These roller guides really do a great job of helping produce perfect cuts. Especially on narrow hardwood pieces like this.

After all of the ripping is done I can cart my pieces and go to the miter saw.

Because I wrote the length on all of my boards when I was laying out the pieces, getting them to the final length is pretty quick with the help of a stop block system. I made this miter saw station six years ago, disassembled and moved it twice, and can’t imagine my shop without it. Having a dedicated crosscut station with an accurate stop block system ready to go at all times has been incredibly convenient.

Here we are on the actual day two but still on day one of shop time. Remember, I wasted quite a bit of time the day before getting my dust collector back in action so technically still day one as far as hours worked. Anyway, the first task here was removing the pieces that didn’t get pocket holes.

So that I could batch them out at my new pocket hole station. I recently upgraded my stepped drill bit pocket hole machine to this dual router low angle machine and made a stand with integrated dust collection for it. Just like the miter saw station, having it set up and ready to go at all times is incredibly convenient. And I’m a sucker for convenience.

Finally, some assembly can begin. The biggest advantage of a low-angle pocket hole is the ease of assembly. For some joints, I was able to simply hold the pieces down and screw them in place. Because I didn’t joint all faces and instead just skip planed, some of the pieces had a little bow to them which required the help of a clamp to get the piece where I wanted it before driving the screws. My assembly table has 3/4” holes on a 4” grid which allows for a lot of convenient places to use a dog clamp. Even though it’s just 3/4” plywood these holdfast style F clamps work great.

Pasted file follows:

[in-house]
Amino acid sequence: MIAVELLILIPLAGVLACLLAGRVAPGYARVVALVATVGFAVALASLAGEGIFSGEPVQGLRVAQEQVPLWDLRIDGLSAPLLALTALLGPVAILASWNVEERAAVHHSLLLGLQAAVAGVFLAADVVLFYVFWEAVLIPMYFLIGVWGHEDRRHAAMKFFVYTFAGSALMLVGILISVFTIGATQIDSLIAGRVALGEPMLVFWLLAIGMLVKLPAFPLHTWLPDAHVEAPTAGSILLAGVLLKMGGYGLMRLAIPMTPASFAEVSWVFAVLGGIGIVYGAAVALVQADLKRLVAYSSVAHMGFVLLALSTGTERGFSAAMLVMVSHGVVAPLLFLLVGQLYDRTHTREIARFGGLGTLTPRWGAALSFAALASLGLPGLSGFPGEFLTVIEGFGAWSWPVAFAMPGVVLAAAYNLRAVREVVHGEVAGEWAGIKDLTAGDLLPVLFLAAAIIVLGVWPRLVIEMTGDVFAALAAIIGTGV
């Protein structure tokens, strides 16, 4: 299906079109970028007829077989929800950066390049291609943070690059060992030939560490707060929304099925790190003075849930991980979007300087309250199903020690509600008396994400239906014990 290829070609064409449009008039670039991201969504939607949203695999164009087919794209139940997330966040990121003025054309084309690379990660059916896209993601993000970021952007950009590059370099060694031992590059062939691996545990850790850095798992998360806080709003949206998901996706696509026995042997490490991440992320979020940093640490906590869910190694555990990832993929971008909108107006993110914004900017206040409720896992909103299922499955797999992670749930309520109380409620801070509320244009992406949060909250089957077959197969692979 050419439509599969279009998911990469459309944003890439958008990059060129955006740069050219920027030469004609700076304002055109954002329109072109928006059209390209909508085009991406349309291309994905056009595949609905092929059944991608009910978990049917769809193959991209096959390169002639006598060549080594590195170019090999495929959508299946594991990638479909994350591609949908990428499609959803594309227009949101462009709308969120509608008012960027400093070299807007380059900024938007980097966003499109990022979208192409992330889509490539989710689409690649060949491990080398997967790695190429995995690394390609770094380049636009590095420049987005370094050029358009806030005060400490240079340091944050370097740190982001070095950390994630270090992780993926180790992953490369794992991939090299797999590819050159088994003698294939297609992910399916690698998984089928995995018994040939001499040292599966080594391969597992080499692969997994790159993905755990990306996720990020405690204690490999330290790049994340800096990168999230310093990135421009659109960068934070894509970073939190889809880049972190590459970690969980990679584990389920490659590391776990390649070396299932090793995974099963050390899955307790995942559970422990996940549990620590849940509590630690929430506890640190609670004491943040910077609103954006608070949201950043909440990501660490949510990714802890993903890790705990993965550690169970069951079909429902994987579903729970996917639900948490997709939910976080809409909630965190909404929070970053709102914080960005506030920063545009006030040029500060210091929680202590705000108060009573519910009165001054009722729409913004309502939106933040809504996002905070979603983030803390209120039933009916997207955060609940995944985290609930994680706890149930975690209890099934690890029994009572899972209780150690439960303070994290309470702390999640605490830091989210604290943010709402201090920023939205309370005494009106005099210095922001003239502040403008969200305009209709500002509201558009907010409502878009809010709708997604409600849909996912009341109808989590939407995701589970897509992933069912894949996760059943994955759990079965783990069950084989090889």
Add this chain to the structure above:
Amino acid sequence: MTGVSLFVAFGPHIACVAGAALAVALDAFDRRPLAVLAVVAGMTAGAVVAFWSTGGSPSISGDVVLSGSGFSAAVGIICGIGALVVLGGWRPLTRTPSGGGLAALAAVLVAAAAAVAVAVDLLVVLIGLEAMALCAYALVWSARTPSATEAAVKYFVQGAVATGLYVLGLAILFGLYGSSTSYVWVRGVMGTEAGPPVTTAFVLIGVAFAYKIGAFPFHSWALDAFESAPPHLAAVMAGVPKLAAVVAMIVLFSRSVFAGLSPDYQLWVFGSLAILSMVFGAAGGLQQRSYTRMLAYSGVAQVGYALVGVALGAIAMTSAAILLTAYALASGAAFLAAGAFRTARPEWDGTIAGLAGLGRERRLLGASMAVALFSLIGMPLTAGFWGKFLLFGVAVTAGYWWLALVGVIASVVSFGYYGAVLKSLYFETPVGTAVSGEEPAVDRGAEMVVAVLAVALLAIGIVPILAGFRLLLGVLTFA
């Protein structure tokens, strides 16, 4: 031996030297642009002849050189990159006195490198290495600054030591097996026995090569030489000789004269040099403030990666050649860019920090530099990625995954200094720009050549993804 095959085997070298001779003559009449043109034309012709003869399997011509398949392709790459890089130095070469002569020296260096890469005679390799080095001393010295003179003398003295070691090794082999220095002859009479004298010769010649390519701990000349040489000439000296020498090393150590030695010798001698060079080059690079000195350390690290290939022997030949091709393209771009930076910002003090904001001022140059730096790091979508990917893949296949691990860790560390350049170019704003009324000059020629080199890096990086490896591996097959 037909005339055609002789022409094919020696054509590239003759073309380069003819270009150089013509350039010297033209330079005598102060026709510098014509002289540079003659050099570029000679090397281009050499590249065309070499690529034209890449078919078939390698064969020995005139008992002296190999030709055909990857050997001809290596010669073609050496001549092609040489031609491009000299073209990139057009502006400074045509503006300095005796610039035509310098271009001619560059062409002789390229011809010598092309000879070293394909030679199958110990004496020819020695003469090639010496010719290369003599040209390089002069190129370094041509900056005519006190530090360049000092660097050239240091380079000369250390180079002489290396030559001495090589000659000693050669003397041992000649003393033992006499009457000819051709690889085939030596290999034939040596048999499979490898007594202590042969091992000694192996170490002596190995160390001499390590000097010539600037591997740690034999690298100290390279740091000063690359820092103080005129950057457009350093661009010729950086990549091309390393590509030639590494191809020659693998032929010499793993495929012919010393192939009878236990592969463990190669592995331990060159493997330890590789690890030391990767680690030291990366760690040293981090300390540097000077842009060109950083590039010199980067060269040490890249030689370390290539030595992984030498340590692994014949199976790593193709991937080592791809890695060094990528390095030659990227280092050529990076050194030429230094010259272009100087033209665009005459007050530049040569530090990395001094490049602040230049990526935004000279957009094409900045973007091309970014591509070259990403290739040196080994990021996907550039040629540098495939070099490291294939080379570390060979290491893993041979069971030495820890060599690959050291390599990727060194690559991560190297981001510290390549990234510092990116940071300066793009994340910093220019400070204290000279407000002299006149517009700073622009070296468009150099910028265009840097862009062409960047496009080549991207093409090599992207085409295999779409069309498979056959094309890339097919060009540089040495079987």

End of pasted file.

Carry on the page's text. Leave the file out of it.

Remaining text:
It was nice to get the face frames done and clamped together as it’s the first time the full scale of the build is realized. Lots more to do but definitely the first exciting moment of progress.

One last thing I wanted to accomplish on the first full day of shop time was to get the leg blanks glued up. Instead of sourcing thicker material, I designed the legs to start as a lamination of material. Each leg was to be 3” square, which means four 3/4” layers per leg. Same song and dance for the milling process until I had a stack of pieces slightly larger than the final dimension to glue up.

My favorite way to spread this much glue is with a small paint roller. Inexpensive if you forget to wash it out and it spreads glue so fast for larger glue-ups. Also, I have a video on making these glue-up platforms out of PVC pipe that you should check out. They are one of the handiest shop projects you can make and they will last forever.

And that’s it for day one of shop time. Technically spanning two actual days, but only about 8 hours of actual shop time. I’ve got some family coming to visit followed by a few scheduled days of camping so I won’t pick up on this one for a week or two but be sure to subscribe if you want to see the rest of this island being built.